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When making steaks, don’t take the meat out of the refrigerator and immediately set it on the grill, Dmitriy Kakuschke, the executive chef at Bourbon Steak by Michael Mina at JW Marriott Nashville, said. Instead, leave the steak out until it reaches room temperature. “By doing so, you will get a more even result in the end,” Kakuschke explained.
If using charcoal, create hot spots on the grill, and start cooking on the hottest part before moving the meat down to cooler areas. Remember the phrase “slow and low is pro” when grilling, and also keep from pressing down on the hamburger when it’s cooking; this releases the juices, leaving the meat dry. Once your steaks are finished cooking, keep all of the juices inside by letting the meat rest for about five to 15 minutes, depending on the size of the cut. One of Kakuschke’s favorite ways to finish a steak is by brushing it with red wine shallot butter, “because butter and wine makes anything better.”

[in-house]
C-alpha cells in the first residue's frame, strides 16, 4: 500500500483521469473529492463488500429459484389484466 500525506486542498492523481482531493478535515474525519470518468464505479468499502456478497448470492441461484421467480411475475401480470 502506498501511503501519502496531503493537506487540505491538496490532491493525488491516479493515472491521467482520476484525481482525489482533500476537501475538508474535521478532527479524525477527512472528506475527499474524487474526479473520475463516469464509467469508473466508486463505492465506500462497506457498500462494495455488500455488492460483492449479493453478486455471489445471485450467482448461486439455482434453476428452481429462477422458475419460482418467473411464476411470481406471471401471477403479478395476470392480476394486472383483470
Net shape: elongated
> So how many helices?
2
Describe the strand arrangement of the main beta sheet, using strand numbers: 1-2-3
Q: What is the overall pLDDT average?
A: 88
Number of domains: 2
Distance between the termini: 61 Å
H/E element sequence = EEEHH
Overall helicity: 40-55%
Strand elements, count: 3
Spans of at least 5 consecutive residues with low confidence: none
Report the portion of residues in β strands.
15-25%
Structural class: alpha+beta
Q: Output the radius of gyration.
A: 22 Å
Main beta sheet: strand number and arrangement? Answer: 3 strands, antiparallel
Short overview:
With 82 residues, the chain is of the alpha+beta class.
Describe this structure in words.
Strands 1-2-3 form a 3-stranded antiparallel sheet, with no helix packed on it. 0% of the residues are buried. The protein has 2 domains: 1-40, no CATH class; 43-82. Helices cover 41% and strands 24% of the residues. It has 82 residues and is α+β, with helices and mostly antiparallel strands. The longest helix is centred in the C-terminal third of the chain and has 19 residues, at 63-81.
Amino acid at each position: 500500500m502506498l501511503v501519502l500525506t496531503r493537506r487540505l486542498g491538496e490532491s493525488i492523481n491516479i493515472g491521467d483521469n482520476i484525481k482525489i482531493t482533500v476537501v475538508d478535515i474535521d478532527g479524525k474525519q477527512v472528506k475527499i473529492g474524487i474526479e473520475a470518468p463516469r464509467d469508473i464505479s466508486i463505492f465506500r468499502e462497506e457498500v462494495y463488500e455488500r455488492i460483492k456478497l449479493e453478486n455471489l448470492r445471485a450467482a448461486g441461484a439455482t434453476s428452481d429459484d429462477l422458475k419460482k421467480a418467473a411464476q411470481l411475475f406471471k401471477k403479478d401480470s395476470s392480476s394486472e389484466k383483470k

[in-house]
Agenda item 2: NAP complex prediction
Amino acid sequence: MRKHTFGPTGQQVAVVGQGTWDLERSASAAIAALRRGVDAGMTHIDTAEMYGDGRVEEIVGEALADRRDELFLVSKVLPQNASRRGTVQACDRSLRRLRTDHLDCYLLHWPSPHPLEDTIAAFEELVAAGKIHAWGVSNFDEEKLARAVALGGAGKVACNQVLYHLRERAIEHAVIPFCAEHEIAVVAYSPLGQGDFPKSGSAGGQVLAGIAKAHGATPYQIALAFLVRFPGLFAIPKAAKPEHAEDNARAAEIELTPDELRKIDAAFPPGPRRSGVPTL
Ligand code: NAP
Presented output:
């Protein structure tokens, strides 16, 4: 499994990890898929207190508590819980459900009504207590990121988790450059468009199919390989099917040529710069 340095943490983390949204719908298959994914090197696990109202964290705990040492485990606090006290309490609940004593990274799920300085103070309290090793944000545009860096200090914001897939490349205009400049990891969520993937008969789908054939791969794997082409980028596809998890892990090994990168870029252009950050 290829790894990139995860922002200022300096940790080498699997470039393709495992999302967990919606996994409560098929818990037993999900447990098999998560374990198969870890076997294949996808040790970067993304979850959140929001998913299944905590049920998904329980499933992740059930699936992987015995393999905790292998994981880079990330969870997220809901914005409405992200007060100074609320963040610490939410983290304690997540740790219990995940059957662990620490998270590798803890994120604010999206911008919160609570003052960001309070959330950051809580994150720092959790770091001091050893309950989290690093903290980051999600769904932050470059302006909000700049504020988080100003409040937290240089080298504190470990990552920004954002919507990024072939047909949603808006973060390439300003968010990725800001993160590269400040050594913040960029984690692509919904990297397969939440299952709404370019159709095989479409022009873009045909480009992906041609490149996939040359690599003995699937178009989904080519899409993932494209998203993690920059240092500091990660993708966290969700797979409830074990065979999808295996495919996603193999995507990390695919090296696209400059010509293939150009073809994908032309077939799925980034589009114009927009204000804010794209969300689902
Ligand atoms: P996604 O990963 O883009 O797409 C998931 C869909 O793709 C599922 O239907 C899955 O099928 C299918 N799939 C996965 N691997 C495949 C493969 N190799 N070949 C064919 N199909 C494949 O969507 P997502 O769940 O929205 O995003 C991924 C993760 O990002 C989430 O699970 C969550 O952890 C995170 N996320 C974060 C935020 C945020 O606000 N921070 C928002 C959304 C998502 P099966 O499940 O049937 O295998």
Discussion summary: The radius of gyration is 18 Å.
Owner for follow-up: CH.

Upcoming events to add to your calendar
Gion Matsuri is Japan’s biggest festival, and it has a rich history — the celebration dates back to 869. It takes place in Kyoto every July for the entire month and is famous for its two elaborate parades featuring jaw-dropping floats. So many people want to see the giant floats up close and attend the evening street parties that it can be hard to get hotel rooms in Kyoto the closer it gets to Gion Matsuri. If you can’t find one this year, start planning now for 2024.